The “Sixty Minutes” segment on 401(k)s that slammed them as being mediocre offerings with hidden fees is not the only shot being taken at the defined contribution model—not by a long shot.

A Chicago Tribune column notes that Americans have lost approximately $600 billion in their retirement savings through 401(k) plans, and are putting them to blame.

It’s certain, then, that Congress will continue to scrutinize 401(k) plans, writes columnist Gail Marks Jarvis. “It seems 401(k) plans are being hauled out by Congress for a public stoning,” she writes. “It’s the catharsis many Americans need” due to what many say are “excessive fees and investment choices that are not always in their best interest.”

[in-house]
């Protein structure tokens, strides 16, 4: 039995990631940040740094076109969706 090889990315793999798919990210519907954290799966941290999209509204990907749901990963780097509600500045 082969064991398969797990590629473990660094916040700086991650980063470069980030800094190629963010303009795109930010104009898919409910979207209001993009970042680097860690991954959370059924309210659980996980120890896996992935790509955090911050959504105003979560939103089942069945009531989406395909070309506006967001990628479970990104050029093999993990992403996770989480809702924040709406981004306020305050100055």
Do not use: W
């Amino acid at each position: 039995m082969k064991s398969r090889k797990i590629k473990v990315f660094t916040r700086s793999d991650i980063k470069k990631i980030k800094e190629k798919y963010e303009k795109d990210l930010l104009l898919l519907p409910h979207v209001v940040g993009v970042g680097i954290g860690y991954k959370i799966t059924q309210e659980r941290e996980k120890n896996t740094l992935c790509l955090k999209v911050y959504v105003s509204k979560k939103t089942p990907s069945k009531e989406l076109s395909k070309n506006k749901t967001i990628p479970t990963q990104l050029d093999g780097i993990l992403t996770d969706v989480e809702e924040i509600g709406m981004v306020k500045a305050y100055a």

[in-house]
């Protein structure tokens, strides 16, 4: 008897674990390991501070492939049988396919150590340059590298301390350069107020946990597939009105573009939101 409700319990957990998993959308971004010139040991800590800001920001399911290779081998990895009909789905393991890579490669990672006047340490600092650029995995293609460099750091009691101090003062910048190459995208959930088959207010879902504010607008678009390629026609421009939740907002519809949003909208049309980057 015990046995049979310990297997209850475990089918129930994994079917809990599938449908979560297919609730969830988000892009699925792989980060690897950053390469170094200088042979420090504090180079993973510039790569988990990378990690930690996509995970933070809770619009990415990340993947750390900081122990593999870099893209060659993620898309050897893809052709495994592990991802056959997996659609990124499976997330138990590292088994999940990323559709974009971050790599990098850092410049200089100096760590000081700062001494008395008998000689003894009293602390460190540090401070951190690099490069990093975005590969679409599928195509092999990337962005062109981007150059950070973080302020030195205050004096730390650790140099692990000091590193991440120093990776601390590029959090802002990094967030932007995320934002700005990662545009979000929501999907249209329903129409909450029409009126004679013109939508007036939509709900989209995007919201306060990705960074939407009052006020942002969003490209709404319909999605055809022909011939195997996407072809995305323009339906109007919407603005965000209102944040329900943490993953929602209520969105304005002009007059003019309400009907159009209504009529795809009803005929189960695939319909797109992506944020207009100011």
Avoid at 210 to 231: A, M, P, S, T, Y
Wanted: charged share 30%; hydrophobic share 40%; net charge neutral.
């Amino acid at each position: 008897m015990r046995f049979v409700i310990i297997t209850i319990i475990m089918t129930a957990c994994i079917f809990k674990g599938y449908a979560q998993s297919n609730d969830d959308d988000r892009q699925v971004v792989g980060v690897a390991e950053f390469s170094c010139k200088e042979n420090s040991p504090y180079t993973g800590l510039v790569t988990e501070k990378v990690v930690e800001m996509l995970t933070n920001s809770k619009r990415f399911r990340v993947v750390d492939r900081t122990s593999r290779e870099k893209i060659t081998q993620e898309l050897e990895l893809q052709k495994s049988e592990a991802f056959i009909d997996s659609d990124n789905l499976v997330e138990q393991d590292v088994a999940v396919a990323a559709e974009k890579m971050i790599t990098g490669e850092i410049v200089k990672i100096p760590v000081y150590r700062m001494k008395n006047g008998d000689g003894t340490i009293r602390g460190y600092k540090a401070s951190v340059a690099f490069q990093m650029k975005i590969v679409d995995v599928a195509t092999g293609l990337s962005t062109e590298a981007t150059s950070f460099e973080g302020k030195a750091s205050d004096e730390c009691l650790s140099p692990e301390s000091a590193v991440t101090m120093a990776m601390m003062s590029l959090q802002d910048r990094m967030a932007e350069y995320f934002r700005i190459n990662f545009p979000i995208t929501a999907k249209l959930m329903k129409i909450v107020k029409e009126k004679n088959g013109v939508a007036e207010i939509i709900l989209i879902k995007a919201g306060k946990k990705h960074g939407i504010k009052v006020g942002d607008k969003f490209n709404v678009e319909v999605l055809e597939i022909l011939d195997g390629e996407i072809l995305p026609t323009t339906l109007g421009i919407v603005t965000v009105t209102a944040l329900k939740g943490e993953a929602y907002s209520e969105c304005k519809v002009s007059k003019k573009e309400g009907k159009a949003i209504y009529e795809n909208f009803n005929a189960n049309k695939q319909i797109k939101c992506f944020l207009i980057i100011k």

As the Employee Benefit Research Institute notes, when the financial crisis began, 25% of Americans between the ages of 55 and 65 had 90% or more of their money in stock funds, and undoubtedly have suffered greatly, losing nearly half of their savings right on the eve of their retirement.

In addition, target-date funds have not held up well, particularly 2010 funds, which lost 26% of their value on average.

EBRI found in a recent survey that 58% think of the money managers in their 401(k) plan are “gambling,” and only 13% of those near retirement are confident they will live out truly golden years.

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